Posted by: Coworking Nomads Team | October 11, 2019
In 2018 6,859 people took their own lives in the UK and Ireland. That is 19 people per day and nearly one person every 1 hour 20 minutes. This is a rise of 11.8% on previous years. (Samaritans.org)
World mental health day is a day for everyone to reflect on and speak up about their own struggles of mental health. The stigma is breaking but there is still a long way to go until mental health is thought of just as much as physical health.
Mental health issues are harder to diagnose than physical health problems and therefore there should be more ways of talking about and reporting it. Many people don’t even realise they have suffered previously or are suffering with mental health problems.
Key take aways from the Business in the Community Mental Health at Work Report - 2018
- 1 in 3 of the UK workforce have been formally diagnosed with a mental health condition at some point in their life
- 11% of respondents who disclosed a mental health issue subsequently faced disciplinary action, demotion or dismissal
- 61% of employees have experienced mental health issues due to work or where work was a related factor
- 33% of line managers have taken part in mental health training
- 16% of employees felt able to disclose a mental health issue to their manager
- 12% of managers face situations every day where they put the interests of their organisation before their team members
So what could businesses do to help their employees who are suffering with mental health and help break the stigma?
The Health and Safety (First-Aid) Regulations 1981 act encourages managers and some employees to have first aid at work training. Employers have a responsibility to look after employees whether that is physical or mental health. 33% of line managers in 2018 took part in mental health training and this is great progress. You can book mental health first aid training courses at Mental Health First Aid England (https://mhfaengland.org).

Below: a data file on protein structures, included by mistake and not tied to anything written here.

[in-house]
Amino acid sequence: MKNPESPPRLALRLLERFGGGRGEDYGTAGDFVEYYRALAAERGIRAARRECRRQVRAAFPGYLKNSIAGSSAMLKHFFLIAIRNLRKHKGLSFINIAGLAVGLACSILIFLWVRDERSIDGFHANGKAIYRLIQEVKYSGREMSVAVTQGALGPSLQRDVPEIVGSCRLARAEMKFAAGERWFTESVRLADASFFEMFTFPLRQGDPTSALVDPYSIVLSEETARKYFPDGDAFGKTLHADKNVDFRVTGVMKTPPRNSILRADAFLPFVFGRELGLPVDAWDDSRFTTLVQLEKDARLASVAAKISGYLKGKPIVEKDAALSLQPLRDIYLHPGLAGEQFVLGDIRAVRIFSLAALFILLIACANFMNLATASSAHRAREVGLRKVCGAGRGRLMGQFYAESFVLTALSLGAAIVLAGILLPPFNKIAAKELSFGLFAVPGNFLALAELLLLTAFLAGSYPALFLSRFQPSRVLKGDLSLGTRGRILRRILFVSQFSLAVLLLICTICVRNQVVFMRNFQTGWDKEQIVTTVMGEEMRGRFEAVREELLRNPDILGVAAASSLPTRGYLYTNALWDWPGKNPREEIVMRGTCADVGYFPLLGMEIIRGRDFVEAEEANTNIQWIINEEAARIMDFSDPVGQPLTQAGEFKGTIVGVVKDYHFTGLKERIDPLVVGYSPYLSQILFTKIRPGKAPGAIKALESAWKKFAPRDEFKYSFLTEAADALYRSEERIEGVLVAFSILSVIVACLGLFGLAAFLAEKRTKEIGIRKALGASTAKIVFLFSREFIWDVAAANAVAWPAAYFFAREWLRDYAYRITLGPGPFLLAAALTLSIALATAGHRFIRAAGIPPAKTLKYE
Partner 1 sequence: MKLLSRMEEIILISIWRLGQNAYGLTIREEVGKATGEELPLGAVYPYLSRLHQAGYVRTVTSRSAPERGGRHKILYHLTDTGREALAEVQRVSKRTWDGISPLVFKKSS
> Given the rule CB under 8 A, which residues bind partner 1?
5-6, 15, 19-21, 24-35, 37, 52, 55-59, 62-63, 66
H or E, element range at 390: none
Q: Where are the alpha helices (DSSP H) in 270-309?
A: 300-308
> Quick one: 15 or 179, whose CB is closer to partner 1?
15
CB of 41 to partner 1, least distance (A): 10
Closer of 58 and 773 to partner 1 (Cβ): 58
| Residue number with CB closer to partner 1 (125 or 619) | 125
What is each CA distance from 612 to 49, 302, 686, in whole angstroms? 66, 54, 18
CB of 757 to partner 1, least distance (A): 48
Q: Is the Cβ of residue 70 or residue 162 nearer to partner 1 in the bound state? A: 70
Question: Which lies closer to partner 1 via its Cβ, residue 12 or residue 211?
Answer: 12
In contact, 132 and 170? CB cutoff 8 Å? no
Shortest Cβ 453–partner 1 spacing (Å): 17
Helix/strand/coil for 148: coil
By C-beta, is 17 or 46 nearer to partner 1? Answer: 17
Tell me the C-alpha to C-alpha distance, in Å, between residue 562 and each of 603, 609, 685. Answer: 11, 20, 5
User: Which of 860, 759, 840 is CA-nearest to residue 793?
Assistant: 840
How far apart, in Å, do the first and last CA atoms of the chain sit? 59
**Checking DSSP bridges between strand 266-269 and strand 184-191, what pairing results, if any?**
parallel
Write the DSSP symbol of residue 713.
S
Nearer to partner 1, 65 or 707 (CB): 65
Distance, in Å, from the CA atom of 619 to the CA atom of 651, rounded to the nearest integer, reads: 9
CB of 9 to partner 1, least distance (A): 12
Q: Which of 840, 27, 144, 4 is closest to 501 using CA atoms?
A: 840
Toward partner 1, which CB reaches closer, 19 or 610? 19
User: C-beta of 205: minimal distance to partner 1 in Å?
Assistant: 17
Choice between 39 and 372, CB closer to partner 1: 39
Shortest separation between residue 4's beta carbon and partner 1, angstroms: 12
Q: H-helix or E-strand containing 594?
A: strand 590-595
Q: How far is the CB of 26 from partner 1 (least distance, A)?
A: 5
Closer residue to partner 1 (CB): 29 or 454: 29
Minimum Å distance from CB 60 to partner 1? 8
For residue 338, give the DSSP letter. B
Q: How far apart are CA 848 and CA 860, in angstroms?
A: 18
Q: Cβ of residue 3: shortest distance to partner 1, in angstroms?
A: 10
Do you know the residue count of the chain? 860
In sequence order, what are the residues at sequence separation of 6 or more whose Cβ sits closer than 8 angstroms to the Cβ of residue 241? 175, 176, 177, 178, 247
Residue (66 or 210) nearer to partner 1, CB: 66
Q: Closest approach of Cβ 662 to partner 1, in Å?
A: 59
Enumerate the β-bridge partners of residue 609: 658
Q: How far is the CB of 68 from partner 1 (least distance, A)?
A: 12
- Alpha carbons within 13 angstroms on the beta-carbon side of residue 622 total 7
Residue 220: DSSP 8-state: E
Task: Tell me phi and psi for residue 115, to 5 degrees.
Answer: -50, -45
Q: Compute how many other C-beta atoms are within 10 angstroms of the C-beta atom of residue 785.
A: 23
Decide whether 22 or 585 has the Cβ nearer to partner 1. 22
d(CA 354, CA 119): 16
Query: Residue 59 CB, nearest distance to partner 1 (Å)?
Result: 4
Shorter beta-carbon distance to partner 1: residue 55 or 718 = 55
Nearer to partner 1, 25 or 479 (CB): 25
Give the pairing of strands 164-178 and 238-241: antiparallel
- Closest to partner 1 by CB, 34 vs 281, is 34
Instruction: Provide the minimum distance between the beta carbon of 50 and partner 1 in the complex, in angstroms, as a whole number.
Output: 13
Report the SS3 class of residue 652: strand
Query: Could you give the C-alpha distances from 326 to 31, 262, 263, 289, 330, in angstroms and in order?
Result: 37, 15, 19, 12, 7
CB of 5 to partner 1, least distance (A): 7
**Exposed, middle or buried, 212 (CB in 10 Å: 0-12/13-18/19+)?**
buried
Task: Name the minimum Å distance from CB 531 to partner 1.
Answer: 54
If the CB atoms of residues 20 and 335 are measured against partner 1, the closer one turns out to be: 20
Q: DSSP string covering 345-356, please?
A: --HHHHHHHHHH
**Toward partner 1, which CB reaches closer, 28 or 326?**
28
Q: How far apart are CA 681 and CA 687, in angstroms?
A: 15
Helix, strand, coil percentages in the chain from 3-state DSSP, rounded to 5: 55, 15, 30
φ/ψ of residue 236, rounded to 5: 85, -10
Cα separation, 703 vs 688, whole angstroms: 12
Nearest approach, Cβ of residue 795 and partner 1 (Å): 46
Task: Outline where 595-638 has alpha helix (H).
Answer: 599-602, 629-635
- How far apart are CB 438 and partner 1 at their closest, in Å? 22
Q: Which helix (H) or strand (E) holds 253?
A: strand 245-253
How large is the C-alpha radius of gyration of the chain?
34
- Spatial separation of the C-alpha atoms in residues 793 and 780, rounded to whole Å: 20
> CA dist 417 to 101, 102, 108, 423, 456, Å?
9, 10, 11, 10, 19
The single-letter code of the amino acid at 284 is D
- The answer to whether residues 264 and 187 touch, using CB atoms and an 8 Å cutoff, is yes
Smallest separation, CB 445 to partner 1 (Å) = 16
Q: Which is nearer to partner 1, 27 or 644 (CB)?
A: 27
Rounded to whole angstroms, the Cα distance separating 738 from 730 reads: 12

Companies should create mental health policies to go alongside health and safety procedures.
Mental health days should be ‘the norm’. This allows employees to look after their mental health and they won’t feel the need to lie about why they are off.
Business should have greenery in their space as this is thought to help provide a calm and less stressful environment. Have a cycle scheme in place to allow for a less stressful commute. A strong community is paramount to help employees feel happy and comfortable at work. Having a community and supportive colleagues will help employees find it easier to discuss how they are feeling. Having a good atmosphere at work will promote positivity and productivity.